Chunk itZ engage learners through visual spatial reasoning.  As students rotate, reflect and trace the pieces to make their puzzles, they develop intuitions and insights into how parts are related into wholes. In the hands of a skilled teacher, those wholes can be identified and related using numbers and number expressions.  Those wholes can be described and related using the attributes and properties of shape and the vocabulary of space.

This three has 6 sides. What do we name any 6 sided shape? Are any of your puzzles hexagons? Can you use ChunkitZ to build a hexagon shaped puzzle?

 

 

 

 

This student counted the sides of the three Chunk and said it has 6 sides. He then built a ’12’ puzzle by putting 2 three ChunkZ together and was wondering how many sides it would have. Will it be twice as many sides? 

 

 

 

 

 

 

Nearly a century of research confirms the close connection between spatial thinking and mathematics performance. The relation between spatial ability and mathematics is so well established that it no longer makes sense to ask whether they are related.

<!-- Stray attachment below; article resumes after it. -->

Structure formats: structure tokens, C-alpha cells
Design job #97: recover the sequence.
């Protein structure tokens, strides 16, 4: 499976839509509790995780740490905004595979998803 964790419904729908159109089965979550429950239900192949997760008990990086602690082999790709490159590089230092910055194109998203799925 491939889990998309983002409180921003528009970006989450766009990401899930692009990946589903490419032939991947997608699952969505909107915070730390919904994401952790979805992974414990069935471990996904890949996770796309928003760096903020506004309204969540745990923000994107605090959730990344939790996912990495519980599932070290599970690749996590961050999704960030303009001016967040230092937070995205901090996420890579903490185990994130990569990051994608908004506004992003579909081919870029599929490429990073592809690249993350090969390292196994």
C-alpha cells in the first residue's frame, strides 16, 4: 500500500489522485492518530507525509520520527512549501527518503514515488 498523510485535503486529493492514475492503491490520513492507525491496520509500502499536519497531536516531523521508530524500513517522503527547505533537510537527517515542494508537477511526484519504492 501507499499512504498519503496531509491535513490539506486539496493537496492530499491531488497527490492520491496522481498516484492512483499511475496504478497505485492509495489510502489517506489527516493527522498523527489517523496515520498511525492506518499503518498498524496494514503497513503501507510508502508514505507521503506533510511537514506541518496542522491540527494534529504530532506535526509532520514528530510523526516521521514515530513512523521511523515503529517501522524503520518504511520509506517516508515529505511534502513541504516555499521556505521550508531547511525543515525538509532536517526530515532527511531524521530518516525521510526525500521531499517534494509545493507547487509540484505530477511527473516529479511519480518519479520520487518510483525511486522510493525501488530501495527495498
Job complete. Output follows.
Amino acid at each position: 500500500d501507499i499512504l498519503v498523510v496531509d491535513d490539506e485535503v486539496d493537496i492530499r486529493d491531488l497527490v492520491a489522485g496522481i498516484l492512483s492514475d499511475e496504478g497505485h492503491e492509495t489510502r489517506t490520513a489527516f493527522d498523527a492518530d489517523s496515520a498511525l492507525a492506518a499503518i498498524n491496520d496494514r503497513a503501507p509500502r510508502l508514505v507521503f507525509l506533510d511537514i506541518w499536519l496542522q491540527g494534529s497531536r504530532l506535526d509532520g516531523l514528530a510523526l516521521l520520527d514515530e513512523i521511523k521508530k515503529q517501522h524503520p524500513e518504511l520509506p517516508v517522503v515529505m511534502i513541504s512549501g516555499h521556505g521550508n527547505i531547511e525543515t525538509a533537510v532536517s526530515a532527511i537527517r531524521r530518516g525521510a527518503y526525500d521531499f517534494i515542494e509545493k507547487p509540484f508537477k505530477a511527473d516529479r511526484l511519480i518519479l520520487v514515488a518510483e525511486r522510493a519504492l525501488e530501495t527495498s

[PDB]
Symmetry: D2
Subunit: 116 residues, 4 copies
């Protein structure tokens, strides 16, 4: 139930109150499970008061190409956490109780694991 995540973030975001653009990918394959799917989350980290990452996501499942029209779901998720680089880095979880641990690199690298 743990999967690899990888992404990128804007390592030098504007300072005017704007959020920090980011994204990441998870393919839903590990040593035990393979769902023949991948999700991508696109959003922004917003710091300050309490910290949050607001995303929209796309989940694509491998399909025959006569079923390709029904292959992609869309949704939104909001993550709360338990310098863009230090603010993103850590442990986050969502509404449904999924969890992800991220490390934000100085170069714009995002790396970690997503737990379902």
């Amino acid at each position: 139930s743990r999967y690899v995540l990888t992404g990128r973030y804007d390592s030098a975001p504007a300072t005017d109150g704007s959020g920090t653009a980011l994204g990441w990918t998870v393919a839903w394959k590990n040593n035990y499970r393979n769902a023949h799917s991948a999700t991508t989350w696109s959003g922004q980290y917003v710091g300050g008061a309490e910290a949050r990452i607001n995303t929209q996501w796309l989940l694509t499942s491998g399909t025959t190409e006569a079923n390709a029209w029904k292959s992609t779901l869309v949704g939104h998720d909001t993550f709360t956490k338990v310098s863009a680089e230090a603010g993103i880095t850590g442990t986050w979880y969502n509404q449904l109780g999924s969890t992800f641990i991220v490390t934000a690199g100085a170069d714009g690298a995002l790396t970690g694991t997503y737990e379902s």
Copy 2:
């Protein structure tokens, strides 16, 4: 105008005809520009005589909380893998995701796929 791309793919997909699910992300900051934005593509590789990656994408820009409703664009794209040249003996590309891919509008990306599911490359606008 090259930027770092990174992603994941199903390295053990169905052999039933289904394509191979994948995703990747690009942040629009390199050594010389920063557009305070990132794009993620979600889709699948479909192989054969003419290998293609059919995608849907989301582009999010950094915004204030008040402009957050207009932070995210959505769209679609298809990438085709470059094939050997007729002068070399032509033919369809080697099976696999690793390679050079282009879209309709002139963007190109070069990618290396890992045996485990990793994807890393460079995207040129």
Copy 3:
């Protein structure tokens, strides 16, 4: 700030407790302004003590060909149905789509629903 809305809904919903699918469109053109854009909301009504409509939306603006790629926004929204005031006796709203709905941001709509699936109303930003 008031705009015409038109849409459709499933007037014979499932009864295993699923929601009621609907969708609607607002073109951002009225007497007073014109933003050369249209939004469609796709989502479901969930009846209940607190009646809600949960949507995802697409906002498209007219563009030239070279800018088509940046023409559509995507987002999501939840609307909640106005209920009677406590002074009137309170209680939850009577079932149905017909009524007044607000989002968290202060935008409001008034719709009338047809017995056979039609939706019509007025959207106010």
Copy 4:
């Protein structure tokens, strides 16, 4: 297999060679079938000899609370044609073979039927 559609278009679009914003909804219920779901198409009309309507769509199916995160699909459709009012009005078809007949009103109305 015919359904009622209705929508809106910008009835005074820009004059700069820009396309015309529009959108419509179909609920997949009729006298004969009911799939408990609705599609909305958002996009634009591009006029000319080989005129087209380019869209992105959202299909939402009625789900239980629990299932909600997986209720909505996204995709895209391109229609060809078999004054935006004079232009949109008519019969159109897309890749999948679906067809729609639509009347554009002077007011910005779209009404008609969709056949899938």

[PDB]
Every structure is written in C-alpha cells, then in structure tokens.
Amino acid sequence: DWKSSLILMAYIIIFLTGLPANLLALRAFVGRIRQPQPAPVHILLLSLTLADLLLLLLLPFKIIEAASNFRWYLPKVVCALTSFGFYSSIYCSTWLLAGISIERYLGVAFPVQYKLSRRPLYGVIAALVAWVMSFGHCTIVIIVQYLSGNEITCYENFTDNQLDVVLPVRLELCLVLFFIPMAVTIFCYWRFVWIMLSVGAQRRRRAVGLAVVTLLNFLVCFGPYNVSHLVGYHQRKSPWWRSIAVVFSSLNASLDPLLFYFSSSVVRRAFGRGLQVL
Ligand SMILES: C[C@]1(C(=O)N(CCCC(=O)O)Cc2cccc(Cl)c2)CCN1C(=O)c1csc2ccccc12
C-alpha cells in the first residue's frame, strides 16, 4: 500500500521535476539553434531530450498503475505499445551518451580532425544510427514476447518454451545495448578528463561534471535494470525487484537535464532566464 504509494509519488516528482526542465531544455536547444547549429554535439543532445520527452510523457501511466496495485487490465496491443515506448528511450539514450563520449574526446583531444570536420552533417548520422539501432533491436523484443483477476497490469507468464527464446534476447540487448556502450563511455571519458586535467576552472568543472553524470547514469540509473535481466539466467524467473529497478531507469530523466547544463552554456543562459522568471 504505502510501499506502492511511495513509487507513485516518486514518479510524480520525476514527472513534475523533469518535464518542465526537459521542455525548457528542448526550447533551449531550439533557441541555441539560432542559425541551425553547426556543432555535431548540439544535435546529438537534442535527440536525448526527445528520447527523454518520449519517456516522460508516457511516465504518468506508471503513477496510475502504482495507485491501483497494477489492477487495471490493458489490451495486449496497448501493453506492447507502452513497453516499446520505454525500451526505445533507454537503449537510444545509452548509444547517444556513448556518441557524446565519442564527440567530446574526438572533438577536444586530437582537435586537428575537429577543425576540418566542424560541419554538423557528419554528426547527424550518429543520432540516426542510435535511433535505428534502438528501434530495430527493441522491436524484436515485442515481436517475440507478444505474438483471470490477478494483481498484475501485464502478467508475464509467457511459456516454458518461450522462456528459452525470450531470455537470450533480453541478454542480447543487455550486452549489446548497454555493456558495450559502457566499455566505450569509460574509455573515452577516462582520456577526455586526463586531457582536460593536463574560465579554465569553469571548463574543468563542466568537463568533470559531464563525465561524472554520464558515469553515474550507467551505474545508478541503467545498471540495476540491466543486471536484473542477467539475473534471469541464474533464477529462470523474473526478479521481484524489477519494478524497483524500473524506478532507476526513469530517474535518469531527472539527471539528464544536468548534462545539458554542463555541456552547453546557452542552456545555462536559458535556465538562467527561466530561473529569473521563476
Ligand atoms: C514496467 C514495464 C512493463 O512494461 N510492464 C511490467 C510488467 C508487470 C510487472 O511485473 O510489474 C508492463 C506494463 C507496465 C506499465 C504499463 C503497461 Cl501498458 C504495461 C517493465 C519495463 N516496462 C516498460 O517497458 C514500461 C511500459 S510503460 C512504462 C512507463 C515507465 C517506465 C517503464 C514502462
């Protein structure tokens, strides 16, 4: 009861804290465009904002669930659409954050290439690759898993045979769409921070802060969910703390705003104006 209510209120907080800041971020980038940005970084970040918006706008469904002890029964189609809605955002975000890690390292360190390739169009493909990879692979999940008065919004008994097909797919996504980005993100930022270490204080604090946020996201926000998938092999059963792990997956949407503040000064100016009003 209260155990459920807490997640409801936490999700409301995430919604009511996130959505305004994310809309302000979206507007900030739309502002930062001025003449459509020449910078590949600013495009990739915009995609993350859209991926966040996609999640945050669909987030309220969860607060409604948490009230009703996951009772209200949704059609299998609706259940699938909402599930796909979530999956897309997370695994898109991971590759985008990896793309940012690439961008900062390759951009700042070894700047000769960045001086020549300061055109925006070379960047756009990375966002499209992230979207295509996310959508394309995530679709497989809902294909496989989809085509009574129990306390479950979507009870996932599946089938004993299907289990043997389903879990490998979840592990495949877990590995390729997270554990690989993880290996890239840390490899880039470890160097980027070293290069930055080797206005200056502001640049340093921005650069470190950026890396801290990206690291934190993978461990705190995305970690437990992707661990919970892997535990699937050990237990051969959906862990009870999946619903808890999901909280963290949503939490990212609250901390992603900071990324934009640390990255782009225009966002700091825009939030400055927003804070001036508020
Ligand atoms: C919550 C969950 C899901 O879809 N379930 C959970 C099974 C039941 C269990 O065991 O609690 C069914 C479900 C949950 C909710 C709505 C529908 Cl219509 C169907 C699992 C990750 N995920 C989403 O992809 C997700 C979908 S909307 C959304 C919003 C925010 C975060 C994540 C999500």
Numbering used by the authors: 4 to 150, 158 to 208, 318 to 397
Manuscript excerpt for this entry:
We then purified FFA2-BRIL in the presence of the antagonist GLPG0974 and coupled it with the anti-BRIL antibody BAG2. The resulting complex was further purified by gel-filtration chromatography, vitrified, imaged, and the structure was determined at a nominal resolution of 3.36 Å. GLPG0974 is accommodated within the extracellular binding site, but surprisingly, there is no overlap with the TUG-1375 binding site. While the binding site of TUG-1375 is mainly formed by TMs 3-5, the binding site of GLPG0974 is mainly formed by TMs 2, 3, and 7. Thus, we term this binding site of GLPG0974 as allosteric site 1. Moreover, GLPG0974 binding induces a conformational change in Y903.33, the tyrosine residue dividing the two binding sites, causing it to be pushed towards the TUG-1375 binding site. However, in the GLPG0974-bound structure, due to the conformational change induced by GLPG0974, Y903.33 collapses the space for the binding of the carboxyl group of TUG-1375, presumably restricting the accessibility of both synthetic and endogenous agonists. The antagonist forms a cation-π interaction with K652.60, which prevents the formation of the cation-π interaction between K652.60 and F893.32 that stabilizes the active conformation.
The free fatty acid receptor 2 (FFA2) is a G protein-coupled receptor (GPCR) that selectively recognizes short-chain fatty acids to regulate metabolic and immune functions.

***Mix & Cheng, 2012

The connection does not appear to be limited to any one strand of mathematics. It plays a role in arithmetic, word problems, measurement, geometry, algebra and calculus. Researchers in mathematics education, psychology and even neuroscience are attempting to map these relationships.

 

 

Combined with dot collections, Chunk-it tasks differentiate to challenge ALL learners as they develop, adapt, practice and refine key skills and attitudes that are critical to developing more than just RECALL of facts.

10 and 3 is 13

 

Describe 13 as 10 + 3

4 + 6 + 3

5 + 5 + 3 = 5 + (5+3)